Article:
The Trafalgar Square Christmas Tree is a Christmas tree donated to the people of Britain by the city of Oslo, Norway each year since 1947. The tree is prominently displayed in Trafalgar Square from the beginning of December until 6 January.
The Trafalgar Square Christmas tree has been an annual gift to the people of Britain by the city of Oslo as a token of gratitude for British support to Norway during the Second World War.
The tree remains until just before the Twelfth Night of Christmas when it is taken down for recycling. The tree is chipped and composted, to make mulch.
The Trafalgar Square Christmas tree is typically a 50- to 60-year-old Norway spruce, generally over 20 metres tall. The tree affectionately named the ‘Queen of the Forest’, is cut in Norway sometime in November during a ceremony attended by the British Ambassador to Norway, Mayor of Oslo, and Lord Mayor of Westminster.
After the tree is cut, it is shipped to the UK by boat. From 2003, it has been the responsibility of Beck & Pollitzer Ltd. to transport, guard and erect the tree in Trafalgar Square. It is then decorated in a traditional Norwegian style and adorned with 500 white lights.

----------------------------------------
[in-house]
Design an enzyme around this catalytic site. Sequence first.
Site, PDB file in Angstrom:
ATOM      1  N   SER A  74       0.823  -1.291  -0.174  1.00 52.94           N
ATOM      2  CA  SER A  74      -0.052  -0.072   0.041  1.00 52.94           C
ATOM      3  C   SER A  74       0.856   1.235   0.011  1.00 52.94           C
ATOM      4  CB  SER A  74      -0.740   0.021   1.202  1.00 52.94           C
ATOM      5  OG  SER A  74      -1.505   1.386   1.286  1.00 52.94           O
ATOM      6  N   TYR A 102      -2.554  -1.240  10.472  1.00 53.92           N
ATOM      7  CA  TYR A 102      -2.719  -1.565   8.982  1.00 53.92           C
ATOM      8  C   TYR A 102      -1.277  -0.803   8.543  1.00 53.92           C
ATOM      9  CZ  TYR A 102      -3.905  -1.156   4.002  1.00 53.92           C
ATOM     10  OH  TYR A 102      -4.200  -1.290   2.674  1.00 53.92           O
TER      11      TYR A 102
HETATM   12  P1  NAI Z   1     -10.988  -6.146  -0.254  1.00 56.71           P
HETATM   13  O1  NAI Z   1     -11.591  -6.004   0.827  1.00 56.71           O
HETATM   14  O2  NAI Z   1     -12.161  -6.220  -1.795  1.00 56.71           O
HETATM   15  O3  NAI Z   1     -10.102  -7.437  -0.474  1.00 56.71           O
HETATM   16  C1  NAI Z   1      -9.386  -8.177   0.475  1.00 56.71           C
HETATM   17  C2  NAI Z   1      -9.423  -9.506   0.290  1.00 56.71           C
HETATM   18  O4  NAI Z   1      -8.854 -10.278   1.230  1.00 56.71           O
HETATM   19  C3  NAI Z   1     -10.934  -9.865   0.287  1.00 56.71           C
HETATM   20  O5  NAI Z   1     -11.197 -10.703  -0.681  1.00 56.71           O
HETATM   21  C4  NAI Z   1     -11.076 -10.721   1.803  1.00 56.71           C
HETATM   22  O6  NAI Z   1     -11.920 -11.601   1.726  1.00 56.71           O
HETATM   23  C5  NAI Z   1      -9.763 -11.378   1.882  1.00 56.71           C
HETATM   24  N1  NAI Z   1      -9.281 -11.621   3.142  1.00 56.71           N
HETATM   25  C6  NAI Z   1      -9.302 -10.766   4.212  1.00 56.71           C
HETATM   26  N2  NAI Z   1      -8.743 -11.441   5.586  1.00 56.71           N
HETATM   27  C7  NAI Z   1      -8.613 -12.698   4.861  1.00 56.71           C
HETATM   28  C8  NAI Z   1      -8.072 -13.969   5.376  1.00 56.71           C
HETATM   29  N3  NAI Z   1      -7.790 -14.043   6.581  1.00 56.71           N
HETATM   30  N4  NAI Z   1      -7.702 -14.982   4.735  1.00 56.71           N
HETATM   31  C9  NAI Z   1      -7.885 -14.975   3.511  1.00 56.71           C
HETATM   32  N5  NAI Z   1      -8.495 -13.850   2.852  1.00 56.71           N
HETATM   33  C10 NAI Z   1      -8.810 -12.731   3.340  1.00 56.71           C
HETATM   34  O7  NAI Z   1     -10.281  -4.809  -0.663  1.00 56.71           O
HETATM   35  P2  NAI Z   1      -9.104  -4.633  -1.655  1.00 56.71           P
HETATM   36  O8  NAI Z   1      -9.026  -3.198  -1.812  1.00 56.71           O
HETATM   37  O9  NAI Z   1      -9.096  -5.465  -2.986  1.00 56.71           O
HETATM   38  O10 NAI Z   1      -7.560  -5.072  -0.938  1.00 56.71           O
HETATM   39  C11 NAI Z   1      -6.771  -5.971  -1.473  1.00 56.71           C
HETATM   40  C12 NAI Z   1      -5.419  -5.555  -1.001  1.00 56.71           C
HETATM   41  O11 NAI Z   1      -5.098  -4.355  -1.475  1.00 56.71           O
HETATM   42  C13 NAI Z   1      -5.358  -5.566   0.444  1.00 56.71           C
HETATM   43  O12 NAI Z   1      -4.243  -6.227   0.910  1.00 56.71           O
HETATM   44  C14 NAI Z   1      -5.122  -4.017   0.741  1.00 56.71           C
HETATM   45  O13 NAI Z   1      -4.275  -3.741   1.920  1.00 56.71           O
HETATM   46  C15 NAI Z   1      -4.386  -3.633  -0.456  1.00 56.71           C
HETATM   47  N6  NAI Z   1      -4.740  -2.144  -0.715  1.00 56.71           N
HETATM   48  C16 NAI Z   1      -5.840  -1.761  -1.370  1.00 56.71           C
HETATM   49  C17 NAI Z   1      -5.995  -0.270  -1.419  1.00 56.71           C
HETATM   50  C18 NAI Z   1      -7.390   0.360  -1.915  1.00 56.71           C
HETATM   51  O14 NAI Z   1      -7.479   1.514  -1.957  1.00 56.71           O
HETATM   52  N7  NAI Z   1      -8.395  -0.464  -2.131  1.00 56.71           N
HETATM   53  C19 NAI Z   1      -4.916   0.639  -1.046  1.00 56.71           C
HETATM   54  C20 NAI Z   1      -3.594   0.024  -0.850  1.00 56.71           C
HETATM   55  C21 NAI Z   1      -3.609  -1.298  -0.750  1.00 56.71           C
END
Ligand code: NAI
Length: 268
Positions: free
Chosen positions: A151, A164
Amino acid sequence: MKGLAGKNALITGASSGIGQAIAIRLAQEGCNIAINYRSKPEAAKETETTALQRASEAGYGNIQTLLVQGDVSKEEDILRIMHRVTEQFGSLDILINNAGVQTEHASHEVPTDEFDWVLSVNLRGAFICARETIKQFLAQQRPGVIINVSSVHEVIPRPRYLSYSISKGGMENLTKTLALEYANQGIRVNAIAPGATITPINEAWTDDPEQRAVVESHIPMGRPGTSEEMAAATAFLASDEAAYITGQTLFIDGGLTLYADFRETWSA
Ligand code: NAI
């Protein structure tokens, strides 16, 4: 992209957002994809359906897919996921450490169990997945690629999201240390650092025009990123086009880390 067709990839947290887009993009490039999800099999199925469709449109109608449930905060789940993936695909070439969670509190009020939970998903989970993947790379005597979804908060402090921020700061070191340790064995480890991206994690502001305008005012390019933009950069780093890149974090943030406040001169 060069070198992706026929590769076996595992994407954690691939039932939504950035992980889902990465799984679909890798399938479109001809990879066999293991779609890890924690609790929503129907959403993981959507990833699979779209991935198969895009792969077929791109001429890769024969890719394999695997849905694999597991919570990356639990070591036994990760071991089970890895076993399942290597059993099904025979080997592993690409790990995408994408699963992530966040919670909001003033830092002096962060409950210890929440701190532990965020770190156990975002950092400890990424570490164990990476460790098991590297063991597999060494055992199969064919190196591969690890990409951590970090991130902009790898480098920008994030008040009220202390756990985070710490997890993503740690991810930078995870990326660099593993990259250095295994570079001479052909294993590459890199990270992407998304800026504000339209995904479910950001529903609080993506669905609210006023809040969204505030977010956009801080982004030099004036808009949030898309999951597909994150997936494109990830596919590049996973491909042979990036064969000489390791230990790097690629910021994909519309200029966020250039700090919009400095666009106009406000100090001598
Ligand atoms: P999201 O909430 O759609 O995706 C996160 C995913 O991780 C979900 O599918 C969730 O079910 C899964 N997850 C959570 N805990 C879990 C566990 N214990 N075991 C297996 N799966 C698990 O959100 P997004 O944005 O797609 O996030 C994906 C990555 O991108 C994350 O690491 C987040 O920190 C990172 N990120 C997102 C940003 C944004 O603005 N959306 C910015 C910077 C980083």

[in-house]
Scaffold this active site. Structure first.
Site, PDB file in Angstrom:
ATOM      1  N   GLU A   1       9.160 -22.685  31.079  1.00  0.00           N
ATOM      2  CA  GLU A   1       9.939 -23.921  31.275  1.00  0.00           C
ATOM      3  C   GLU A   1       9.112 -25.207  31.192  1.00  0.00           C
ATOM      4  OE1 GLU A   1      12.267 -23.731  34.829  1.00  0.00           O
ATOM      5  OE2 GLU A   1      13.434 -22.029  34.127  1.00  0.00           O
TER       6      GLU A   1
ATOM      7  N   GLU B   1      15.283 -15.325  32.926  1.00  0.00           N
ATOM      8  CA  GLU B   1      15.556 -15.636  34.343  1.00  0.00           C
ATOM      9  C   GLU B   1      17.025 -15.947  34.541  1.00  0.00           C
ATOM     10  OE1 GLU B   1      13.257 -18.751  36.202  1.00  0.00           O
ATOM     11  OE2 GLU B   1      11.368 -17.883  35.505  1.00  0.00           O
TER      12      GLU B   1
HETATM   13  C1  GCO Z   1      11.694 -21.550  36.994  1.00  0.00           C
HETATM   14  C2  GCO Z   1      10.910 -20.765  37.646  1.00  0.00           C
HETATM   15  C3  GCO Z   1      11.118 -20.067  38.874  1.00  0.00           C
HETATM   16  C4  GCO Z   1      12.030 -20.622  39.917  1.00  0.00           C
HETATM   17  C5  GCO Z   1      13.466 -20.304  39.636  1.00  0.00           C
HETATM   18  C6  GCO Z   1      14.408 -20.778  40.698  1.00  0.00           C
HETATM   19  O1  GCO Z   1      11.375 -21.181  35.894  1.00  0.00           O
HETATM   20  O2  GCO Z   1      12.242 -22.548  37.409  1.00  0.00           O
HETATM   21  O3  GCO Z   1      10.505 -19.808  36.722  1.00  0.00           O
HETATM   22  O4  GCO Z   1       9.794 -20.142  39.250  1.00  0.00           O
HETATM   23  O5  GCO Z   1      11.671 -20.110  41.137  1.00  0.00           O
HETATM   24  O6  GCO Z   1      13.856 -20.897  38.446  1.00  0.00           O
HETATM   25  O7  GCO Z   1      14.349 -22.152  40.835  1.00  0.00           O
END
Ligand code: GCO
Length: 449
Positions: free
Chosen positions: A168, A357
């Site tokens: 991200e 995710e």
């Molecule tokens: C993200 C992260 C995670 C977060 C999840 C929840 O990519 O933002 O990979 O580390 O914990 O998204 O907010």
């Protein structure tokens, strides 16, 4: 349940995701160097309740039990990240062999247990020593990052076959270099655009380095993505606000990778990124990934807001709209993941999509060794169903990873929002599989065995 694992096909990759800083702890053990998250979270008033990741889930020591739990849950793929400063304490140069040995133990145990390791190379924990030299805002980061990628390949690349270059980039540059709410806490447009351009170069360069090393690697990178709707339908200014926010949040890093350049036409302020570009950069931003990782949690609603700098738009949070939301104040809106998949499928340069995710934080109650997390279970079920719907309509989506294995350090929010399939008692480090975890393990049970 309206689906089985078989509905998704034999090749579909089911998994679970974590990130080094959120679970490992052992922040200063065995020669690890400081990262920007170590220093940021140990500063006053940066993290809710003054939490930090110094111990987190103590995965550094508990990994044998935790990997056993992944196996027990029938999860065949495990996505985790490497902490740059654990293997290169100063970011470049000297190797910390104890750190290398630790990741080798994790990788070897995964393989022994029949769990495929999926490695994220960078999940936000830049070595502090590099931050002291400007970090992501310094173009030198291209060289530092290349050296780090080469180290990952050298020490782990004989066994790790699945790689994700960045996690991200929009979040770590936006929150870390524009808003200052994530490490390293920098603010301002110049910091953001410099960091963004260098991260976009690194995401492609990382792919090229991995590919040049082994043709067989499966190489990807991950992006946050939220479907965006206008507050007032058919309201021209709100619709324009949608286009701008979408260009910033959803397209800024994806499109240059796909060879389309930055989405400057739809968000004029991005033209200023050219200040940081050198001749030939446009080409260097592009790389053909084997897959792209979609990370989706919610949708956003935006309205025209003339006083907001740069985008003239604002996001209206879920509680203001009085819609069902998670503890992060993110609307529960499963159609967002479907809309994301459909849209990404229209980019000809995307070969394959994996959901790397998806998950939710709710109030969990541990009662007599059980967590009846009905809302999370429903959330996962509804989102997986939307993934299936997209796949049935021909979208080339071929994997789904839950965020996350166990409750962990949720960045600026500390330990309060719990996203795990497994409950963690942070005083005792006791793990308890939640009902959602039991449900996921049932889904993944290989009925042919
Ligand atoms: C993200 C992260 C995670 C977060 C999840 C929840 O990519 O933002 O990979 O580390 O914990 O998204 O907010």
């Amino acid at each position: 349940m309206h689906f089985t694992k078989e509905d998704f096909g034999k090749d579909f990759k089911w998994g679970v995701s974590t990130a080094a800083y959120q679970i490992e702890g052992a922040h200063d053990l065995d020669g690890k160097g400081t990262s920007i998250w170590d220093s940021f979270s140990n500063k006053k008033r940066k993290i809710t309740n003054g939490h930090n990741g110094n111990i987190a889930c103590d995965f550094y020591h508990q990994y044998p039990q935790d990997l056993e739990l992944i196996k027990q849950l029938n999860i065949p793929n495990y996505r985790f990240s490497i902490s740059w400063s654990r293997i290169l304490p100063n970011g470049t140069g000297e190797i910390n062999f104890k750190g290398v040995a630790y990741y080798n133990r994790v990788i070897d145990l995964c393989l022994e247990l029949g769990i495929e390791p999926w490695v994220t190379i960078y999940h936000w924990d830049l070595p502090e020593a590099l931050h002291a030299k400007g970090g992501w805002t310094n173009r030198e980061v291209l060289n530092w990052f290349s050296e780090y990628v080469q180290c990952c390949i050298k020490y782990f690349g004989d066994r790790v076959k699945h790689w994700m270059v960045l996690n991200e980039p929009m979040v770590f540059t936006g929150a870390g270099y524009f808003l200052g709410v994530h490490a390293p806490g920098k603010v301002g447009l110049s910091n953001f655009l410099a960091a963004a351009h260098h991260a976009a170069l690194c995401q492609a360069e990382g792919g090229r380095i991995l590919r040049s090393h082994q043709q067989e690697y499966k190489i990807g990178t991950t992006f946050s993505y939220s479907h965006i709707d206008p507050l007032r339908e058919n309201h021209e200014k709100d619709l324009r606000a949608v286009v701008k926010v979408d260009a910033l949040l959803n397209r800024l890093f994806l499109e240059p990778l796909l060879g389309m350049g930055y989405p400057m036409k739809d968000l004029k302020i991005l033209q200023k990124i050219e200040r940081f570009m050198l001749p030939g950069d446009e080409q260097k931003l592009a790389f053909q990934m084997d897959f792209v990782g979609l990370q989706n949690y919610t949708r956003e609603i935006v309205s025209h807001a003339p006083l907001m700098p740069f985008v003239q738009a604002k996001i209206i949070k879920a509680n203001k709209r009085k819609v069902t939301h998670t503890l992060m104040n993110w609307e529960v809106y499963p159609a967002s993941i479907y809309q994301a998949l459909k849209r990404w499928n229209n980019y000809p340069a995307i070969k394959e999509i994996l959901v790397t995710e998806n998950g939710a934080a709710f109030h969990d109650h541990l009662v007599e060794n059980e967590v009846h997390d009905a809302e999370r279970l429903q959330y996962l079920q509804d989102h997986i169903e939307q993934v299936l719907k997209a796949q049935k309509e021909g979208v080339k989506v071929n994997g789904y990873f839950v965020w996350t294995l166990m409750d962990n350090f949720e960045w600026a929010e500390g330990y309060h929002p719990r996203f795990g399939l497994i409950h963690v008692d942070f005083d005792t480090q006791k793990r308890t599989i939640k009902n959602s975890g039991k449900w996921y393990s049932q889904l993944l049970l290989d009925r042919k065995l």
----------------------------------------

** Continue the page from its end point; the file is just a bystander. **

At the base of the tree stands a plaque, bearing the words:
This tree is given by the city of Oslo as a token of Norwegian gratitude to the people of London for their assistance during the years 1940-45.
Lighting ceremony and carolling
The tree lighting ceremony in Trafalgar Square takes place on the first Thursday in December and is attended by thousands of people. The ceremony, led by the Lord Mayor of Westminster, includes a band and choir followed by the switching on of the Christmas lights. Traditionally, the tree provides a focal point for Christmas carolling groups. For many in London, the tree and the accompanying carolling signals the countdown to Christmas.
Since 2009, the Poetry Society has commissioned new poems annually for display on banners around the base of the tree. In 2010, schoolchildren also performed one of the poems at the lighting-up ceremony.